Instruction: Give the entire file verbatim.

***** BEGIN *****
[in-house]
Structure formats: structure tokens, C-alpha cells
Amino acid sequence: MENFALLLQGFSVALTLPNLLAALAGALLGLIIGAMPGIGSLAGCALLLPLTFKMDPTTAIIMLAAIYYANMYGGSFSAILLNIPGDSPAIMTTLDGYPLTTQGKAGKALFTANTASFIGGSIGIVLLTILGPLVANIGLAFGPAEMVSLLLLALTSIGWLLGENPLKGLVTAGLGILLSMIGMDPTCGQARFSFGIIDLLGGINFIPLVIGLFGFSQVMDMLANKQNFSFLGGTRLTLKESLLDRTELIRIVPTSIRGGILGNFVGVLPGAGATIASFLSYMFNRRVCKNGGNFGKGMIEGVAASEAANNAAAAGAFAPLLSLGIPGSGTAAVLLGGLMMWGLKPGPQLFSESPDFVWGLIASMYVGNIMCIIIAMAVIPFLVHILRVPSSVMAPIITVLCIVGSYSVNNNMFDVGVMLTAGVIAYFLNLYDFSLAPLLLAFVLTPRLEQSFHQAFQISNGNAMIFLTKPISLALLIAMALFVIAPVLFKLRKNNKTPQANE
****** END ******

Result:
[in-house]
Structure formats: structure tokens, C-alpha cells
Amino acid sequence: MENFALLLQGFSVALTLPNLLAALAGALLGLIIGAMPGIGSLAGCALLLPLTFKMDPTTAIIMLAAIYYANMYGGSFSAILLNIPGDSPAIMTTLDGYPLTTQGKAGKALFTANTASFIGGSIGIVLLTILGPLVANIGLAFGPAEMVSLLLLALTSIGWLLGENPLKGLVTAGLGILLSMIGMDPTCGQARFSFGIIDLLGGINFIPLVIGLFGFSQVMDMLANKQNFSFLGGTRLTLKESLLDRTELIRIVPTSIRGGILGNFVGVLPGAGATIASFLSYMFNRRVCKNGGNFGKGMIEGVAASEAANNAAAAGAFAPLLSLGIPGSGTAAVLLGGLMMWGLKPGPQLFSESPDFVWGLIASMYVGNIMCIIIAMAVIPFLVHILRVPSSVMAPIITVLCIVGSYSVNNNMFDVGVMLTAGVIAYFLNLYDFSLAPLLLAFVLTPRLEQSFHQAFQISNGNAMIFLTKPISLALLIAMALFVIAPVLFKLRKNNKTPQANE